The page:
We often receive questions about whether dizziness can be a sign or symptom of anxiety. Some of our members have written about chronic dizziness that has interfered with their ability to live their life. One member wrote, “Could not go into stores without getting woozy…I literally stayed home for 2 months”
When you go to the doctor because you are feeling dizzy, an inner ear infection is one of the first things a doctor will look at. When tests for that come back negative, you might be sent for an MRI, EEG, echocardiogram or have a blood sugar test done for anemia, low blood sugar or thyroid levels.
Our members have described litanies of medical tests and when they come back negative, doctors may not know what is causing the dizziness.
A study completed in 2007 showed that chronic dizziness with no physical causes can be caused by anxiety. In the study, 2,400 patients complaining of dizziness, vertigo or imbalance problems were examined and it was found that anxiety was a contributing factor to undefined, chronic dizziness. Other causes included migraine, traumatic brain injury and abnormal functioning of the autonomic nervous system.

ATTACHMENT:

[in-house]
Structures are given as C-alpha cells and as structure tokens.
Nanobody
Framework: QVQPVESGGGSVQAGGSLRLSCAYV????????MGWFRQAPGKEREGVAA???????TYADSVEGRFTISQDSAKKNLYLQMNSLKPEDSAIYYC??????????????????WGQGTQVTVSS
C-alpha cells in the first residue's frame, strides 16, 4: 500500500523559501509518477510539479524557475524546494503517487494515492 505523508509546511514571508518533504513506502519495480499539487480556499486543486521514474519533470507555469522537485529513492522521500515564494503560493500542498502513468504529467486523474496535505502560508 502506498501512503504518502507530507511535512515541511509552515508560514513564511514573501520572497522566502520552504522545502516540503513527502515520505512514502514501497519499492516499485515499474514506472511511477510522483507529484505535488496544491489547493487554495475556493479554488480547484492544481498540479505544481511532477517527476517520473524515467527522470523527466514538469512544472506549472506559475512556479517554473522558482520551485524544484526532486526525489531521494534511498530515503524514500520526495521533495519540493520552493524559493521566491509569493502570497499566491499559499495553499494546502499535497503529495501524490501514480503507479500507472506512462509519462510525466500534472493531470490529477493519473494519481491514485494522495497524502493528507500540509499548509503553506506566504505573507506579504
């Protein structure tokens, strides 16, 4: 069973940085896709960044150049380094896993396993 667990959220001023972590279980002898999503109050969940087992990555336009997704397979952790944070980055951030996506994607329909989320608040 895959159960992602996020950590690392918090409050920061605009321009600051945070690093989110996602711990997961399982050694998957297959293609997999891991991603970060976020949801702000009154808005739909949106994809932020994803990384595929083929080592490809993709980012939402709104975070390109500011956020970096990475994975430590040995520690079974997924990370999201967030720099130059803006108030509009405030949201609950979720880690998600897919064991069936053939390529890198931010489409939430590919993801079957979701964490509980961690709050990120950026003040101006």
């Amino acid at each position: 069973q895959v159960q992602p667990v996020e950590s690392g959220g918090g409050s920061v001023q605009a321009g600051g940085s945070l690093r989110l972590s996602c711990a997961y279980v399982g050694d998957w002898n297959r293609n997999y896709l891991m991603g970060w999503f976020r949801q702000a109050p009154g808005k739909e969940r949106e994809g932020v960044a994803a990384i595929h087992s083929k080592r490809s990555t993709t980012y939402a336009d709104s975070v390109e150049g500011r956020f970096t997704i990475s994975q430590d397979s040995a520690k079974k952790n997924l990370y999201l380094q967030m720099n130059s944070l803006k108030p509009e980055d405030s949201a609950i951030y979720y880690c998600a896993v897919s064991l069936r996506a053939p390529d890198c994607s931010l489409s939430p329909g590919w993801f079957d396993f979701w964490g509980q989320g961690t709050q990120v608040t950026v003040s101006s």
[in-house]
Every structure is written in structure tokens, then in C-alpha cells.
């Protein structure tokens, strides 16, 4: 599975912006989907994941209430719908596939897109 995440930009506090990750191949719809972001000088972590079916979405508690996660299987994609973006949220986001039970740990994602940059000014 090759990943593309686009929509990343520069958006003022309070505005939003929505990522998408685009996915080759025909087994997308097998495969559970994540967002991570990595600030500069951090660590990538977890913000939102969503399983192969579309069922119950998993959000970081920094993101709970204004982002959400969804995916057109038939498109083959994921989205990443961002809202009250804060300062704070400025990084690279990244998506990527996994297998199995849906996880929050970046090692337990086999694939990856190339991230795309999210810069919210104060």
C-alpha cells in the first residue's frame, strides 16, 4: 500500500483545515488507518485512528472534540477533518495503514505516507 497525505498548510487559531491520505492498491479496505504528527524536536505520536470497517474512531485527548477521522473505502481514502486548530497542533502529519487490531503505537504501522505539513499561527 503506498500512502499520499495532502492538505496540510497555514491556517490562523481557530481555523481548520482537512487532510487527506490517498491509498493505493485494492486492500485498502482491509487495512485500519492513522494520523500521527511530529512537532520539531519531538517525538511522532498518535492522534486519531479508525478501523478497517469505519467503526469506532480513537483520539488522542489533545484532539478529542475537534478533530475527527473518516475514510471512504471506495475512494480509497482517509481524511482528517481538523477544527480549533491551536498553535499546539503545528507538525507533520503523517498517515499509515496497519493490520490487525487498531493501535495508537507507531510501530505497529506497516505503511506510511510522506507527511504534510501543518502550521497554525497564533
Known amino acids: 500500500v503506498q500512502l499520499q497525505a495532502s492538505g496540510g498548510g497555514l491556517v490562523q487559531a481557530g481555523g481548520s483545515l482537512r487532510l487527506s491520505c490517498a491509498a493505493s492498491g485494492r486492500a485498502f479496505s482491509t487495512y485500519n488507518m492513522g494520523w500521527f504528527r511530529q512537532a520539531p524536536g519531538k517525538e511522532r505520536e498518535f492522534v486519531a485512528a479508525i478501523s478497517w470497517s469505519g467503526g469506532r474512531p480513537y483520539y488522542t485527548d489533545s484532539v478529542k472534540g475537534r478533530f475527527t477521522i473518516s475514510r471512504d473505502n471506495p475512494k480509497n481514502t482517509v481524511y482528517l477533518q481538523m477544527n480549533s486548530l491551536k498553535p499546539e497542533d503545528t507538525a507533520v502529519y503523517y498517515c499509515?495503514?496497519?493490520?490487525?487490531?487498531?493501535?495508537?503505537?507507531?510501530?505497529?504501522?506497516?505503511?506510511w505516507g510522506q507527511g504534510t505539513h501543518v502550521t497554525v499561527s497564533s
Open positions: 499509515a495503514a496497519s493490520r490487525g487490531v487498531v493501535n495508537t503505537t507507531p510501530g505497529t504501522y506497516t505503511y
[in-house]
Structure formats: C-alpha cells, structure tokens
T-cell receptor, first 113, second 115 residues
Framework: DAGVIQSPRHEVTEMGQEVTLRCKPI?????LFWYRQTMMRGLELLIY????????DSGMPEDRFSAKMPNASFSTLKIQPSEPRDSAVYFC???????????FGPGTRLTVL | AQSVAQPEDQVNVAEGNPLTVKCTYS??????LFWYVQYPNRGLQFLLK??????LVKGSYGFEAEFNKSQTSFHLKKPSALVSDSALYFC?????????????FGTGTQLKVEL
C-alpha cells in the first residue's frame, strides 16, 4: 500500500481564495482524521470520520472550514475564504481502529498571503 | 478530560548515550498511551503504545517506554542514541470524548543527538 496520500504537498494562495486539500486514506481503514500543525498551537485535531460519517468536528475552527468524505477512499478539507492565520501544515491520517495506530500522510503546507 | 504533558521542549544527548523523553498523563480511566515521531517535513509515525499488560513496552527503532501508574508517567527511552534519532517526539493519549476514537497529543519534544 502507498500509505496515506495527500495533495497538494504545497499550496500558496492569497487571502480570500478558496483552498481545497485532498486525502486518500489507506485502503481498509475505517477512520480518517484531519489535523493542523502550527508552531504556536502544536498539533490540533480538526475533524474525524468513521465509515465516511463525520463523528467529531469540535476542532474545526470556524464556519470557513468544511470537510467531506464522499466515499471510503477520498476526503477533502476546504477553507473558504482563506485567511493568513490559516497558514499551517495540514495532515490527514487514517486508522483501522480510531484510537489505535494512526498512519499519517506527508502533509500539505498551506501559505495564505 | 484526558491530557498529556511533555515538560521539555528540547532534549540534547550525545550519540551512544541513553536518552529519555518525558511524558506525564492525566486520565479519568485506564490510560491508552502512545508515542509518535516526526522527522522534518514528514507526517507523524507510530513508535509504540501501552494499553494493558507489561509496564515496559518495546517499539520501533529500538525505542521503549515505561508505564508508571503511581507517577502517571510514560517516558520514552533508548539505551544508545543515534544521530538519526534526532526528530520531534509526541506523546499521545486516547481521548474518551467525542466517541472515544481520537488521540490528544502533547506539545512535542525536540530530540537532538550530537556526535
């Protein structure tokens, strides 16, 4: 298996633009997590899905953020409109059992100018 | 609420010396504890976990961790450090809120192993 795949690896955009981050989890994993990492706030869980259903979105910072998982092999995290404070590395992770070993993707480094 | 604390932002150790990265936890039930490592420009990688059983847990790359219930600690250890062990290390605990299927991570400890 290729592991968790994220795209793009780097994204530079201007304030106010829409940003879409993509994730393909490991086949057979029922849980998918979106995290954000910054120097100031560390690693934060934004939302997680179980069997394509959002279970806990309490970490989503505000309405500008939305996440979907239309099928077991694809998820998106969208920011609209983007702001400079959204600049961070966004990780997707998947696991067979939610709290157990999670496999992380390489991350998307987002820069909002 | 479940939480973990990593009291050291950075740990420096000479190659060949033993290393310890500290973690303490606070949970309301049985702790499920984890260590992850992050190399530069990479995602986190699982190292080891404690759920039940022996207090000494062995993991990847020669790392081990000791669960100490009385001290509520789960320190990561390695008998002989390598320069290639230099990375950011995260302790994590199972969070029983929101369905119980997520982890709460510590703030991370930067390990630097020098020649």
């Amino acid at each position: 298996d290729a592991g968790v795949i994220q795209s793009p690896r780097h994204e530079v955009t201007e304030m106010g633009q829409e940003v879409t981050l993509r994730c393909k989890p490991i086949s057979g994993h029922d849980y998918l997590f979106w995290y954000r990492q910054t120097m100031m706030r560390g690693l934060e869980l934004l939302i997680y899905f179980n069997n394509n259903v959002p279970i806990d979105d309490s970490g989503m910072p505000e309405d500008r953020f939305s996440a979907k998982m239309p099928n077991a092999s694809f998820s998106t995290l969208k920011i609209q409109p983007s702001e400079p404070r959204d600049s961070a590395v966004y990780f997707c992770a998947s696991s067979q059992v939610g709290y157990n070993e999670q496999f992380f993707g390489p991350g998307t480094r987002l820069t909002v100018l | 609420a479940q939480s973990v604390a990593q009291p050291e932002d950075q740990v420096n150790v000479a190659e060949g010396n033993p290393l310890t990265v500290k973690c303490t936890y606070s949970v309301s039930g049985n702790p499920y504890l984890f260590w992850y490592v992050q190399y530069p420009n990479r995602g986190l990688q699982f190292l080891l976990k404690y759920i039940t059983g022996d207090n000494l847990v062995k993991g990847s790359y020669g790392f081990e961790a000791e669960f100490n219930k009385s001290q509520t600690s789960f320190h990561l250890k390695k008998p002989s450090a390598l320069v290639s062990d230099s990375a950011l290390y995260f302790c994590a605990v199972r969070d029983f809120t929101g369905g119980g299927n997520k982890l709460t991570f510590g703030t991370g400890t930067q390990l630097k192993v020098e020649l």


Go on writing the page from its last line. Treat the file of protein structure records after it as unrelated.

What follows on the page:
The study also found that dizziness caused by anxiety doesn’t share the same characteristics as dizziness caused by inner ear infections. For example, dizziness caused by anxiety gives a sense of swaying, triggered by movement, such as being in a crowd, around flashing lights or in heavy traffic. In addition, many people with chronic dizziness had problems with concentration as well as problems in relationships and at work.
If you are experiencing dizziness, the first step is to see your doctor and rule out any physical reasons. If it is determined that it is anxiety causing the dizziness, talk to your doctor about treatment options. Anxiety is often treated with cognitive behavioral therapy, talk therapy and/or medications. Treating your anxiety should help to reduce your feelings of dizziness.
These types of treatment, however, take time. As you continue your treatment, the following tips may help when you are feeling dizzy:
- Keep your eyes open and focus on a single spot, at least 10 feet in front of you. As you concentrate, you should begin to feel the dizziness go away.
- Eat small meals throughout the day. A drop in your blood sugar can cause dizziness and can be a trigger for your anxiety as well.
- Drink plenty of water to stay hydrated.
- Use deep breathing techniques as soon as you start to feel dizzy.
Eileen Bailey is a freelance health writer. She is the author of What Went Right: Reframe Your Thinking for a Happier Now, Idiot’s Guide to Adult ADHD, Idiot’s Guide to Cognitive Behavioral Therapy, Essential Guide to Overcoming Obsessive Love, and Essential Guide to Asperger’s Syndrome. She can be found on Twitter @eileenmbailey and on Facebook at eileenmbailey.